Balshore was held by a trust which documents state is ‘the family trust of Nadhim Zahawi’s family’, controlled by Mr Zahawi’s parents. Mr Zahawi said his father, Hareth, had offered him ‘invaluable guidance’ and some cash to help start the company and was allocated some shares in return.

Last year, Mr Zahawi insisted the reason the outfit was based in the offshore haven Gibraltar was not to avoid tax but simply because his father ‘lived abroad’.

YouGov was highly successful. Mr Zahawi was chief executive and a director until 2010. Balshore Investments disposed of its YouGov shareholdings about eight years later. By then, they were worth about £27million.

If Mr Zahawi was a beneficiary of that transaction, he would owe capital gains tax on it.

Among the questions Mr Zahawi has faced is whether the trust was really controlled by his parents. Or was he himself the true beneficiary of the sale of Balshore’s shares?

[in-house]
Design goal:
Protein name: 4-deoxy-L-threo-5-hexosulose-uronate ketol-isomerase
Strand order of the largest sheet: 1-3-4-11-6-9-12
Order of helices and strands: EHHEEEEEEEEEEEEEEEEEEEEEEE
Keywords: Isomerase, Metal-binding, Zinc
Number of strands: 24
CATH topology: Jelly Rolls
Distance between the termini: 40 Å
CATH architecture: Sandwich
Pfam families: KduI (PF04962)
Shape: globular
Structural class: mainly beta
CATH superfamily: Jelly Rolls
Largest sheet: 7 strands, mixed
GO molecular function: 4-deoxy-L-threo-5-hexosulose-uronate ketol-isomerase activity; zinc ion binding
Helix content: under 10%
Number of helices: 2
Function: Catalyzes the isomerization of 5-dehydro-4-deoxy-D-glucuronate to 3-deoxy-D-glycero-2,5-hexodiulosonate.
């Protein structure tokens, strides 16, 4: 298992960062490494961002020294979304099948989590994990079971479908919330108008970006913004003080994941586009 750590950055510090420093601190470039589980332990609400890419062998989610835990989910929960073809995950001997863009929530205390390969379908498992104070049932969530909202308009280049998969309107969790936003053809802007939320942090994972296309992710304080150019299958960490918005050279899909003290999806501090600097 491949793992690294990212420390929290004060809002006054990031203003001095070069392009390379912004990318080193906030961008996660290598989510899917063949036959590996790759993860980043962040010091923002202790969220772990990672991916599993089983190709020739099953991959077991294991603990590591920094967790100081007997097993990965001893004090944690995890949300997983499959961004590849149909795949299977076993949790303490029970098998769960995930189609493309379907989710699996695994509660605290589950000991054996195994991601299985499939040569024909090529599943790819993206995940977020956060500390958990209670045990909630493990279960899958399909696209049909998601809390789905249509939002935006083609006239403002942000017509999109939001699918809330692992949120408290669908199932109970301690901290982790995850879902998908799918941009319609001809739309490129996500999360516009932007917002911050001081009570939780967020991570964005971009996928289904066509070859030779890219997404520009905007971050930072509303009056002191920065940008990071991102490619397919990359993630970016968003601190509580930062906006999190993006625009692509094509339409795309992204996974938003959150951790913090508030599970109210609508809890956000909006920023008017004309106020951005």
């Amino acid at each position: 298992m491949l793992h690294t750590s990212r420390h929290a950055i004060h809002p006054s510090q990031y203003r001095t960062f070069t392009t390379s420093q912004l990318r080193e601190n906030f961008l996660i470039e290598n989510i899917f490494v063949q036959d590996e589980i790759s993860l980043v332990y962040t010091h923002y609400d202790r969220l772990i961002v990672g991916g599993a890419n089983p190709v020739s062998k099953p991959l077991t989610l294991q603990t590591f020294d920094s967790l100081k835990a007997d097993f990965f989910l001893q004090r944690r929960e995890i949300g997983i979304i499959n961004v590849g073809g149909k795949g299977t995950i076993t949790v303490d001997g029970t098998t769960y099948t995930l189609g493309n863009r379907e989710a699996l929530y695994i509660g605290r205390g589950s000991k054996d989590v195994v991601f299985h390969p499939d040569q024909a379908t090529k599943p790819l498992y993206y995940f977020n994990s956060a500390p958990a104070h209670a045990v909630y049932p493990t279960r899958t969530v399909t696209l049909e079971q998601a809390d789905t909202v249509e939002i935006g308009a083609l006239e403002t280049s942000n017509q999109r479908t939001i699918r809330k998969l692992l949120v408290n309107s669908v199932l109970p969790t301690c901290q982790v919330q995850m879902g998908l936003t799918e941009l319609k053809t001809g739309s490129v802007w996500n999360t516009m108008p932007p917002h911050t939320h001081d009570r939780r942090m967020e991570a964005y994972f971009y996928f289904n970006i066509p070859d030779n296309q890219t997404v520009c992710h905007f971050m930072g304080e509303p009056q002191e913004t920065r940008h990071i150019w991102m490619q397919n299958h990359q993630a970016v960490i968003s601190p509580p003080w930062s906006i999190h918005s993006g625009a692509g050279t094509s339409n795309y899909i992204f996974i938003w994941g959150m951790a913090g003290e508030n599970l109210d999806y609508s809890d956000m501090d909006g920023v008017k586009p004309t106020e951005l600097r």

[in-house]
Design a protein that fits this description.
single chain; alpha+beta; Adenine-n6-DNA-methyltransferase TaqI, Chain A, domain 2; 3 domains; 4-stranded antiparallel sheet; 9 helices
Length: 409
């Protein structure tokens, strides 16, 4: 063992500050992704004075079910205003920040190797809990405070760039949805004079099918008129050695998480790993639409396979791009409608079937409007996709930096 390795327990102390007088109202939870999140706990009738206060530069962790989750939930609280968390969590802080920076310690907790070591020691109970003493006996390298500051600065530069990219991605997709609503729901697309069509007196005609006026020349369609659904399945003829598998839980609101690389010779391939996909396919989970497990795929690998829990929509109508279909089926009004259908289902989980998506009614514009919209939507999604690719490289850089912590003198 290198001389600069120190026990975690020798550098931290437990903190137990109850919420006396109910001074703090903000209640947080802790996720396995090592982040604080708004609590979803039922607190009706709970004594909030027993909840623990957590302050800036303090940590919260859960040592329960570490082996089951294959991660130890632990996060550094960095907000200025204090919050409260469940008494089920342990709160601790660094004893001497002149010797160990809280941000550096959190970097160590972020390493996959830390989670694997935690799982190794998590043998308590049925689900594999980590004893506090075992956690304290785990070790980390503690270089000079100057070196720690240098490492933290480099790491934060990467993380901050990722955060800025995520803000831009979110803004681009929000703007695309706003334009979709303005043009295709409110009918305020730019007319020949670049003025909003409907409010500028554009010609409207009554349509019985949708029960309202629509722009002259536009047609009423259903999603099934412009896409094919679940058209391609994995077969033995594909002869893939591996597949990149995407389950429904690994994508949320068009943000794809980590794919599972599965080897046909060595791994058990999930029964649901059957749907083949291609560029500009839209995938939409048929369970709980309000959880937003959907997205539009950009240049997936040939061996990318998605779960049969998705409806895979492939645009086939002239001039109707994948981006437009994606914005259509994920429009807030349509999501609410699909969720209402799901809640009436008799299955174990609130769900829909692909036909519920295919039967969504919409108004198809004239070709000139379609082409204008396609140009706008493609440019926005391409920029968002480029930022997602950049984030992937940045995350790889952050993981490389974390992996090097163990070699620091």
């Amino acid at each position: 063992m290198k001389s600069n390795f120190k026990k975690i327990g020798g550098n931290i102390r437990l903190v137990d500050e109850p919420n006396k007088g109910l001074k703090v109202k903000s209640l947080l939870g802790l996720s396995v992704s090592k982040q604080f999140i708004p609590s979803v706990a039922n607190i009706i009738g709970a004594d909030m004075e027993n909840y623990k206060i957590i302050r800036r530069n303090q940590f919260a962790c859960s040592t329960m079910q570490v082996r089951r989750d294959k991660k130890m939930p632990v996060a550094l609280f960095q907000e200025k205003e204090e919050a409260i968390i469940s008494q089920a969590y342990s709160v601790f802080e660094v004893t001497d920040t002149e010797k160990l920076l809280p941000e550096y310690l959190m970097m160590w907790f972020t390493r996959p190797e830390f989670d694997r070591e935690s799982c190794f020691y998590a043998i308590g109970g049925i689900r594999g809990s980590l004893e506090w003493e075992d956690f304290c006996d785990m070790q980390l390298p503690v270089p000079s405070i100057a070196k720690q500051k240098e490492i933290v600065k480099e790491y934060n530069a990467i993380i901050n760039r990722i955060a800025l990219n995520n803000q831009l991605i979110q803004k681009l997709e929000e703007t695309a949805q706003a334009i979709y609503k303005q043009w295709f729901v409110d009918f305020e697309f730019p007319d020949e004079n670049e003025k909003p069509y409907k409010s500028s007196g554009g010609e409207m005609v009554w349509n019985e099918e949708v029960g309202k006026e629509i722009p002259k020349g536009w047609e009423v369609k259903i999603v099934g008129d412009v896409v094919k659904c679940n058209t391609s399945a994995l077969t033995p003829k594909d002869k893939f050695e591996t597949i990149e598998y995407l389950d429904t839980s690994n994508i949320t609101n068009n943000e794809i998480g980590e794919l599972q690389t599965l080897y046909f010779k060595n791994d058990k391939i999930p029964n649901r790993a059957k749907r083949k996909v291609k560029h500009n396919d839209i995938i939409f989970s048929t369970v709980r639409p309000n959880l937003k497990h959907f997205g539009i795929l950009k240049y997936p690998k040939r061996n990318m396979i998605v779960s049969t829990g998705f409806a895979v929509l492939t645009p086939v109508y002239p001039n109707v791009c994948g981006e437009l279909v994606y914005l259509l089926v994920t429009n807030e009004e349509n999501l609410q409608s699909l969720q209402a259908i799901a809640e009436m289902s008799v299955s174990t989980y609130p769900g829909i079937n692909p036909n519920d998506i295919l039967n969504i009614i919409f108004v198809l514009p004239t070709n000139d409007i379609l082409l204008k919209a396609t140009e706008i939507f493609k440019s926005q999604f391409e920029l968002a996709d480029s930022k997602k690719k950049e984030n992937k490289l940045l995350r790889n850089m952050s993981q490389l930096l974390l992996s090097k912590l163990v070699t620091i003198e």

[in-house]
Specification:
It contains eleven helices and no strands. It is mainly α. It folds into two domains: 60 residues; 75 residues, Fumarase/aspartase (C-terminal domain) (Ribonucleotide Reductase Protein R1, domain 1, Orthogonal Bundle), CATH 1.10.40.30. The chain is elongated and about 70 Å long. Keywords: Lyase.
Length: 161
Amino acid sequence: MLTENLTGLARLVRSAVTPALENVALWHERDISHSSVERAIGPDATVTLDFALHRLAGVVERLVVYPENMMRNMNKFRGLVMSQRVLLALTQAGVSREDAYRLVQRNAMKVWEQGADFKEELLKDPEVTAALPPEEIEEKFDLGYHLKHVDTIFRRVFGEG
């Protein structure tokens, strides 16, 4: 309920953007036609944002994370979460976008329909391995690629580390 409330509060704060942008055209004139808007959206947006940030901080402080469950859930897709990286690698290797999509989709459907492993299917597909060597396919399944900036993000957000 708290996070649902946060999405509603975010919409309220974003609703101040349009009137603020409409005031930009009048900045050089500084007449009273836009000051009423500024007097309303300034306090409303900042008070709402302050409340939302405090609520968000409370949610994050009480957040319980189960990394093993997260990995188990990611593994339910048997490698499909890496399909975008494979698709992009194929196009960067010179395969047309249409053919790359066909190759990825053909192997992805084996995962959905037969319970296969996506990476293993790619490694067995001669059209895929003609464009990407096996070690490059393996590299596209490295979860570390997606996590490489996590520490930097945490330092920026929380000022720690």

As for his father’s shareholding, did the work done by him at YouGov’s founding truly merit a large proportion of the initial shares? When The Times spoke to people involved in YouGov at the start, none could recall Mr Zahawi’s father being involved.

After HMRC’s investigation, Mr Zahawi revealed this weekend that the taxman had ‘agreed that my father was entitled to founder shares’ but had ‘disagreed about the exact allocation’.

The minister said: ‘They concluded that this was a ‘careless and not deliberate’ error.’

National Crime Agency

In July last year, when Mr Zahawi was appointed chancellor, it was reported that his finances were under investigation by the National Crime Agency.

At the time, Mr Zahawi said he was unaware of it, and the investigation was reported not to have led to any action. It further emerged that an HMRC ‘flag’ was raised over Mr Zahawi’s finances before his promotion to chancellor.

The HMRC flag – a sign that his taxes had been in dispute – was also said to have led to him being denied a knighthood in the recent New Year Honours List.